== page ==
We didn’t expect much from Bandung and considered it just as a stop on our long way to Yogyakarta. To our surprise, we had a very intense and exciting day: we visited the zoo, the hot springs, and the floating market.
The entrance ticket to the Lembang Park & Zoo is 150000 rupies pp. (around 9 Euro). You also pay full price for children bigger than 80 cm. We found the zoo very interactive. You get in direct contact with some animals, which is awesome if you havd a kid with you. In this zoo you’ll see several tigers behind the glass and will be sprinkled with water by a playful elefant. Feeding rabbits was not a productive idea as they were full with carrots and greens from hundreds of children who fed them before you. Besides, there is a huge playground for children, where your little ones would play for another hour. For adults that was a pain in the ears, as the music was too loud there.
Curug Cipanas hot springs entrance fee is 23000 rupies pp. (1,5 Euro). It was nice to soak in the warm water after several hours walking in the zoo. It was very windy outside, so I was wishing for even warmer water. The dressers and toilets are very basic and there are no lockers to leave your stuff in. Don’t expect much service when going there.
Lembang Floating market will cost you 35000 rupies pp. There you have to buy special coins first and then pay with these coins for your order. An average meal costs about 20000-30000 rupies.
If you visit Yogyakarta, you’ll probably not want to miss two worldwide famous temples:Prambanan and Borobudur. A combined ticket to both temples is 45 US dollar pp.
Built in the 9th century, Candi Prambanan is the largest Hindu temple in Indonesia and the second-largest in Southeast Asia after Angkor Wat. It is a UNESCO World Heritage site and one of the reasons people come to Yogyakarta.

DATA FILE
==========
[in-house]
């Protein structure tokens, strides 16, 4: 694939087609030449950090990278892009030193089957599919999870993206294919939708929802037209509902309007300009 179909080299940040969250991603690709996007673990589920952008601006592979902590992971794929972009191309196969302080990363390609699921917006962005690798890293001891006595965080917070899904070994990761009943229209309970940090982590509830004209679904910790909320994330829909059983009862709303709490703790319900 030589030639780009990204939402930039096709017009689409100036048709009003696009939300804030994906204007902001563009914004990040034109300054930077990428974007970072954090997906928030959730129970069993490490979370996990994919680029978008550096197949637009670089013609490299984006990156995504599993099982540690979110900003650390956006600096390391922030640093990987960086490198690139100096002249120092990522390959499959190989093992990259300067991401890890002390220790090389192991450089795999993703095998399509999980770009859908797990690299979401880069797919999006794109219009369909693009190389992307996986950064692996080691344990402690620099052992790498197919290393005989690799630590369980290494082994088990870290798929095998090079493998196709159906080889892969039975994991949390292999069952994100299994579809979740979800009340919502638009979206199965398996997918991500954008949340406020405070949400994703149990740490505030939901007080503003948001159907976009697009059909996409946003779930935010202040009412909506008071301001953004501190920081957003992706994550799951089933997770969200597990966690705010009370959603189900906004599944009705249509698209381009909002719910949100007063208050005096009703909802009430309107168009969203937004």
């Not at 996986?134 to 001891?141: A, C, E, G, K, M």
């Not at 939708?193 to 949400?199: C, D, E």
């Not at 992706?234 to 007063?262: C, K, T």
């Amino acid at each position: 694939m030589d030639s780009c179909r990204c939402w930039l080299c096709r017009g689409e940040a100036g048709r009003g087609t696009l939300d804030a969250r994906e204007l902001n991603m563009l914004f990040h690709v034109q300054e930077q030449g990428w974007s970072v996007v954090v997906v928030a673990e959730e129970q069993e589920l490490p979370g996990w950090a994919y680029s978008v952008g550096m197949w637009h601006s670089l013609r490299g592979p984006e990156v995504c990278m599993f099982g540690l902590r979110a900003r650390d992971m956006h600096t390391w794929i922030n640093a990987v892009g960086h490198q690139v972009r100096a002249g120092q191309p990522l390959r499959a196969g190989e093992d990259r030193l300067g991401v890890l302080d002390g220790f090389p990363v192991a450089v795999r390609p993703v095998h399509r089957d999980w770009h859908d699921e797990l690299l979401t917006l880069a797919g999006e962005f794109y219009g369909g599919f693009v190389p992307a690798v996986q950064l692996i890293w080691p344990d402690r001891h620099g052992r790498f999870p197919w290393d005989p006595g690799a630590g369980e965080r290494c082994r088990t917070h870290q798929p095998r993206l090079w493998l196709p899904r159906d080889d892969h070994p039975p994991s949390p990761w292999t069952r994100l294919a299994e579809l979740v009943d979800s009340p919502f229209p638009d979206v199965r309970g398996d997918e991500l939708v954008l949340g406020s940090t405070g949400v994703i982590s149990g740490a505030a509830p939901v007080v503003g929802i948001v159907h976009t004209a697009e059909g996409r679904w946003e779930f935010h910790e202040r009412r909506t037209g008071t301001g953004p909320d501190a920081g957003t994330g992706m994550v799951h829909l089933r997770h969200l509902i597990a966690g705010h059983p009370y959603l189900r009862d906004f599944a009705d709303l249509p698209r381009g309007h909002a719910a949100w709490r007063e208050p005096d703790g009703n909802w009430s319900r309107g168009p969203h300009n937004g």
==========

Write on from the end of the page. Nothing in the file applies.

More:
The Prambanan temple complex originally consists of 240 temple structures. In the 16th century, the temples collapsed after a major earthquake. Currently, the temples are being reconstructed. This is a tedious work, as every single stone belongs to a specific place in specific temple structure. Over the centuries, many stones were stolen to build houses. So, the archeologists have a challenge to collect the stones belonging to one structure, define the missing ones, and let them be recreated. Thus, restoration of one temple structure can take about 9 months. Until now, around 40 buildings were restored (I can definitely be mistaken I this number).
We took a guide there (about 10 Euro for an hour), as we were not prepared for the visit ourselves by reading tourist books or searching information on the internet.
From Prambanan you can walk around 15 minutes to a buddhist temple complex – Candy Sewu. Very few tourists come so far, so here you’ll have plenty of chances to take beautiful pictures.
Candy Borobudur is the largest Buddhist temple in the world. It was built in the 9th century, like Prambanan, and restored in 1911. Popular for pilgrimage, Borobudur is Indonesia’s single most visited attraction.
To get to and get out of the temple area, you’ll need to pass through a local market – you’ll be lost in the labyrinth of souvenirs, clothes, food. Everything there is very cheap, the quality is respective.
Urban Perfume Point
In Yogyakarta I had a cool experience of having a perfume tasting (or smelling?) directly on the street. You drop by the Urban Perfume Point to try different perfumes “on the go”. The consultants bring you several options based on your preferences which you describe to them. Then you can pick the one you like most. Each time we were passing by the shop was full with young locals, so I couldn’t resist and joined them tobleave with the “Princess Charming”.
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